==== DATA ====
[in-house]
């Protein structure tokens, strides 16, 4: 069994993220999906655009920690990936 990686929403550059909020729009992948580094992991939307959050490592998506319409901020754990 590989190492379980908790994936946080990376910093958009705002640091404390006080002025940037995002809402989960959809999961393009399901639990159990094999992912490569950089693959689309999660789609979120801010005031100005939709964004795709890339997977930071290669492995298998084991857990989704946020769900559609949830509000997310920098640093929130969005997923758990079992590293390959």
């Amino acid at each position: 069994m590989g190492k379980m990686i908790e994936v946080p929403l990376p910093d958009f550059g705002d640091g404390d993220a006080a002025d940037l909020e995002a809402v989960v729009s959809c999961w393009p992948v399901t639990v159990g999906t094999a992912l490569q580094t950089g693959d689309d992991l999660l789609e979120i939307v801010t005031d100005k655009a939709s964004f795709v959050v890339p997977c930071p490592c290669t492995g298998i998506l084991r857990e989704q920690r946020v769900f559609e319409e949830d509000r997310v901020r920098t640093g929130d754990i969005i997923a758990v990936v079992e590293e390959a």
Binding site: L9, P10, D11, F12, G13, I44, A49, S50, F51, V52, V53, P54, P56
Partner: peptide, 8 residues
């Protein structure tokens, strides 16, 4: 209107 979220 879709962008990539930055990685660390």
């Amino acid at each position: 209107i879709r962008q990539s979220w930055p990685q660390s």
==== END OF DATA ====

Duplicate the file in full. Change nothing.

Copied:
[in-house]
């Protein structure tokens, strides 16, 4: 069994993220999906655009920690990936 990686929403550059909020729009992948580094992991939307959050490592998506319409901020754990 590989190492379980908790994936946080990376910093958009705002640091404390006080002025940037995002809402989960959809999961393009399901639990159990094999992912490569950089693959689309999660789609979120801010005031100005939709964004795709890339997977930071290669492995298998084991857990989704946020769900559609949830509000997310920098640093929130969005997923758990079992590293390959």
């Amino acid at each position: 069994m590989g190492k379980m990686i908790e994936v946080p929403l990376p910093d958009f550059g705002d640091g404390d993220a006080a002025d940037l909020e995002a809402v989960v729009s959809c999961w393009p992948v399901t639990v159990g999906t094999a992912l490569q580094t950089g693959d689309d992991l999660l789609e979120i939307v801010t005031d100005k655009a939709s964004f795709v959050v890339p997977c930071p490592c290669t492995g298998i998506l084991r857990e989704q920690r946020v769900f559609e319409e949830d509000r997310v901020r920098t640093g929130d754990i969005i997923a758990v990936v079992e590293e390959a």
Binding site: L9, P10, D11, F12, G13, I44, A49, S50, F51, V52, V53, P54, P56
Partner: peptide, 8 residues
């Protein structure tokens, strides 16, 4: 209107 979220 879709962008990539930055990685660390």
């Amino acid at each position: 209107i879709r962008q990539s979220w930055p990685q660390s």